I found myself in the field of environmental history by accident. Never having taken another college-level history course, in the spring of my junior year I joined friends from the environmental studies department to take a course together called “Environmental History.” The first day of class, Professor Monica Rico asked us to write about a landscape or natural setting that was personally meaningful.
Though I had spent hundreds of hours over the last three years in the quarter-acre garden outside our classroom window in Appleton, Wisconsin, I wrote about the landscape where I grew up: what is now Great Hollow Nature Preserve and Ecological Resource Center in Southwestern Connecticut. As I pounded away at the keyboard, I realized how very little I knew about the property’s history, even though the history of my life played out in it. In class, we read William Cronon’s Changes in the Land, and from almost a thousand miles away, I learned how to see both human and natural forces at play creating the 900-acre valley I knew and loved.
I found myself in Wisconsin by accident, too. An angsty teenager, one of my priorities for college was simply to leave East-Coast society and culture behind. Truth be told, it was toward the end of my freshman year when, sitting in Door County looking out over Lake Michigan, I abashedly asked a Wisconsin native to point out on a map exactly which peninsula we were on. I had been so busy escaping to new beginnings afforded to me in this “fly-over” state I hadn’t bothered to learn where I was.
Professor Rico also assigned us to read Gregory Summer’s Consuming Nature, an environmental history of the Fox River Valley where we all lived. I felt I was starting to know where I was—in place, in time, in context; not just at Lawrence University, but also in both the natural and the socio-economic-political landscape.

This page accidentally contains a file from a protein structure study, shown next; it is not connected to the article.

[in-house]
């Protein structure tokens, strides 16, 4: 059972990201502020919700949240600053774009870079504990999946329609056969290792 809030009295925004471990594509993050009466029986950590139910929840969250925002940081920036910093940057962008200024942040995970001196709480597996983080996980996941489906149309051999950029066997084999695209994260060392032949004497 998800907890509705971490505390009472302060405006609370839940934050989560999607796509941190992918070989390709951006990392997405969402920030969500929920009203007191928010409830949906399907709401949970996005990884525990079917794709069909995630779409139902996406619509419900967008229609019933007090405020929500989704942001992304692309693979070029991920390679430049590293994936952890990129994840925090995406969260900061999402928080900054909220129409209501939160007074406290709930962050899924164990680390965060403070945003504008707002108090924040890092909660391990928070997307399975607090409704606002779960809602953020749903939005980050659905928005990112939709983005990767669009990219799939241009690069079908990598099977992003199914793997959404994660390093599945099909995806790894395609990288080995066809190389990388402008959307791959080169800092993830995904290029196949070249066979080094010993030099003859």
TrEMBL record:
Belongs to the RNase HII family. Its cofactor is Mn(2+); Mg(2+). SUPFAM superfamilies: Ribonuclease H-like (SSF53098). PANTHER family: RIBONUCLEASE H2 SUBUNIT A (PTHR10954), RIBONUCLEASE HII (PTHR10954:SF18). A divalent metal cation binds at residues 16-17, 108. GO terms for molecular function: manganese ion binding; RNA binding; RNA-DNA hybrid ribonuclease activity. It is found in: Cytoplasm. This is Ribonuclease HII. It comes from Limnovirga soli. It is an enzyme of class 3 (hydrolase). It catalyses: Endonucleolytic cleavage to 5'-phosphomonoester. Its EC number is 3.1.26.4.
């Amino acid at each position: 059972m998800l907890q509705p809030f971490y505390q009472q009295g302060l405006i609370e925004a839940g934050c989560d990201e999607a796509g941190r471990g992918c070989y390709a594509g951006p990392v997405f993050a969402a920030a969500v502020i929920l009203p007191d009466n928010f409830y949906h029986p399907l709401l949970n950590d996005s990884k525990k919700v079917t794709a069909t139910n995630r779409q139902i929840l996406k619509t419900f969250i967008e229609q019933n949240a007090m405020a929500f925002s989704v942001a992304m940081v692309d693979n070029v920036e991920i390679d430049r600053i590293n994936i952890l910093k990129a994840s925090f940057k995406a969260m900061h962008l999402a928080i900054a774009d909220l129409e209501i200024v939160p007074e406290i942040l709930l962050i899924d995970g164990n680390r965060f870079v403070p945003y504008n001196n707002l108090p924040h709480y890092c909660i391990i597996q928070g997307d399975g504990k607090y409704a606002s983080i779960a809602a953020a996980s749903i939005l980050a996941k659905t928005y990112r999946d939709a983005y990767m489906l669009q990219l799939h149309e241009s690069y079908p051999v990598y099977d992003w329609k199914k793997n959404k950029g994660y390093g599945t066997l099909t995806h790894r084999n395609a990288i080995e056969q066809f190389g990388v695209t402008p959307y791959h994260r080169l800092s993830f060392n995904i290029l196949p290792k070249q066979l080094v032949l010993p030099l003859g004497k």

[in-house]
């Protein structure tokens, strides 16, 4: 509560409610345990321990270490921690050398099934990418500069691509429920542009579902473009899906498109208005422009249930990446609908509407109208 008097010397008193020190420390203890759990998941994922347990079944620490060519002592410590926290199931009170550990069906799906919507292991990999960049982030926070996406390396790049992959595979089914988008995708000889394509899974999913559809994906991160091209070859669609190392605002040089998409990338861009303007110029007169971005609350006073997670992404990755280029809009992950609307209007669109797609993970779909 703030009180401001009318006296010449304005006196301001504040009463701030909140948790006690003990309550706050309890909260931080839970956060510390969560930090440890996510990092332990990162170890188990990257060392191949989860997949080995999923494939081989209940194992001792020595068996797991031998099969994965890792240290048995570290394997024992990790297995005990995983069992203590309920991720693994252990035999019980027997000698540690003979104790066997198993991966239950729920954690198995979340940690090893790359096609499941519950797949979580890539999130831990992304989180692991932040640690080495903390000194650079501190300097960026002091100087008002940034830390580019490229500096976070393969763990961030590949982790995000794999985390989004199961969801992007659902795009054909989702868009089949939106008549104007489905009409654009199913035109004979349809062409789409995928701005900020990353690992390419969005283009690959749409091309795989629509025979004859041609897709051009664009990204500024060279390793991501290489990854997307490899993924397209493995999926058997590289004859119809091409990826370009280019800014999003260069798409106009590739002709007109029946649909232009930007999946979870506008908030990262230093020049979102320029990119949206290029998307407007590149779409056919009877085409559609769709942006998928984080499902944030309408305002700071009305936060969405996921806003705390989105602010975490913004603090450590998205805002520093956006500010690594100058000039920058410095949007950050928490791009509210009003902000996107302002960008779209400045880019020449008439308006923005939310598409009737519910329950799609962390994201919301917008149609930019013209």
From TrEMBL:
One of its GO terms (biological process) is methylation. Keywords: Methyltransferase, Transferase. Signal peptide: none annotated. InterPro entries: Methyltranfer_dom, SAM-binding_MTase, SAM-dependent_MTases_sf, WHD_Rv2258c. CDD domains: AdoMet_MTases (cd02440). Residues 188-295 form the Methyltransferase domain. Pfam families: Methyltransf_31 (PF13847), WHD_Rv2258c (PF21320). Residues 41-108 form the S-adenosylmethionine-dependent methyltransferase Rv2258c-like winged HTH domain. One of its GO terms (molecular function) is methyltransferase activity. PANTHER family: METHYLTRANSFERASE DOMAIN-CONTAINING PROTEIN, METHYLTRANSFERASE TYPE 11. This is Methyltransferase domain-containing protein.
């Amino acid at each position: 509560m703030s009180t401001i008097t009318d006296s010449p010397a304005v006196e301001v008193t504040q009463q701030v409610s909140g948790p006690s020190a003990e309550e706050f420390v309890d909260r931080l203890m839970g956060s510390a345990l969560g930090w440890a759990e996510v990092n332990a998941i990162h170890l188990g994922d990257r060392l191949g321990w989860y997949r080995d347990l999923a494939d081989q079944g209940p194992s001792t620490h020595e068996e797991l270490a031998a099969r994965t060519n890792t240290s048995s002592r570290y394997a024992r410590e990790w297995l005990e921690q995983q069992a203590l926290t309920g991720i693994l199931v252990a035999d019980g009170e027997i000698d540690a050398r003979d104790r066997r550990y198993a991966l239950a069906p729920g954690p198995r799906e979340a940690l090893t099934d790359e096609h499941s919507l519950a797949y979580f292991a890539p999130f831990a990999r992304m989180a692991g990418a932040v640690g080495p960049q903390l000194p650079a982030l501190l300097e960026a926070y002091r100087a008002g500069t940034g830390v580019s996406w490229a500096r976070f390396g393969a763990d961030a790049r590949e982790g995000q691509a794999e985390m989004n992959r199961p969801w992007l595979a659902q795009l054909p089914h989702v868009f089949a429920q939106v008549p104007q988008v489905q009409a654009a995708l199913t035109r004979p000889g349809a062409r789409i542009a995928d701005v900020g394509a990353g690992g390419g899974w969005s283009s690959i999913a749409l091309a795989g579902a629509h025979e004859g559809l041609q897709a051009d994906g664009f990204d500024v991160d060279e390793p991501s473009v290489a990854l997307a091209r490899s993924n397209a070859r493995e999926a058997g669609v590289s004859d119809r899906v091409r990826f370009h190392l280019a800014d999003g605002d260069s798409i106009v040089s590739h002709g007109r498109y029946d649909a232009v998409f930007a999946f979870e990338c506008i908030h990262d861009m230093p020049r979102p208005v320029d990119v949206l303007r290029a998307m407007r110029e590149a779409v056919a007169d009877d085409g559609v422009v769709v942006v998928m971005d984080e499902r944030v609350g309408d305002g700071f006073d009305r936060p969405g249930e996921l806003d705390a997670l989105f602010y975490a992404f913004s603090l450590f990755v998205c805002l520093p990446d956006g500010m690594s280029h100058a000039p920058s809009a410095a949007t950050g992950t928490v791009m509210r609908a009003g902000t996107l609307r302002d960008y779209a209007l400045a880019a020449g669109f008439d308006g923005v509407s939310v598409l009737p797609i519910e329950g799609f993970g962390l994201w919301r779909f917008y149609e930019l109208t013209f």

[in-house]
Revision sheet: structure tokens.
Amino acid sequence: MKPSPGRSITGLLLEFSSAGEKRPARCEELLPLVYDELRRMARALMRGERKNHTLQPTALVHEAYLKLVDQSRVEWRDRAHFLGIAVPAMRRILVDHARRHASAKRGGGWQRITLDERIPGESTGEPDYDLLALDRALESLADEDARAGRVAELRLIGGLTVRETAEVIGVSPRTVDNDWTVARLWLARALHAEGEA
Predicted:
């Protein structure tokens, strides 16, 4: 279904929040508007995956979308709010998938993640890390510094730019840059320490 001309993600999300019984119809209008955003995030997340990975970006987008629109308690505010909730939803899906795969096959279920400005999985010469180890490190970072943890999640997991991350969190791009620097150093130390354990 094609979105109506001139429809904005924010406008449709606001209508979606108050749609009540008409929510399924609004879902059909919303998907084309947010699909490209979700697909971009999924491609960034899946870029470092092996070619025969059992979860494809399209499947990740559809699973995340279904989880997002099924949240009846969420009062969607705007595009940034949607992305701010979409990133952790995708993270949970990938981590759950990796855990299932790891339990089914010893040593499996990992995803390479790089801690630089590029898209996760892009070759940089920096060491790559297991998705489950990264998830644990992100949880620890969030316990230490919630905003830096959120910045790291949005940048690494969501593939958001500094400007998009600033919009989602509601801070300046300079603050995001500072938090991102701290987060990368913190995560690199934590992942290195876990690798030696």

Ever since a tortuous A.P. U.S. History course, I had looked upon history with scorn. Historians didn’t care about ideas. They only cared about piles of names, dates, and other meaningless trivia. Worst of all were the local history buffs. How could you think such historical minutia was good for more than boring your friends, family, and school field trip groups? What did any of that matter to the really big, important questions: about power, about how to make change in society, about how to create a sustainable future? I was starting to learn.
I found myself by accident in graduate school in Delaware; during application season a friend of a friend knew somehow who found themselves moving there, and I found myself accepted with funding. I did not like Delaware. It was a small state, with neither mountains nor Great Lakes, whose import beyond being the Cayman Islands of the United States was unclear to me. As the bullet-ridden sign as you entered Wilmington on Route 2 reminded me, it was merely “a place to be someone”—and I vowed to do exactly that somewhere else as quickly as possible.
Seven years later, having completed my masters and working to complete my PhD at the University of Delaware, I am living in a small house in Newark a short jog away from White Clay Creek State Park. I have learned a lot—not just about the old farm property I live on or the early industries that left mill-races along White Clay Creek where I run, but also why place and history matter.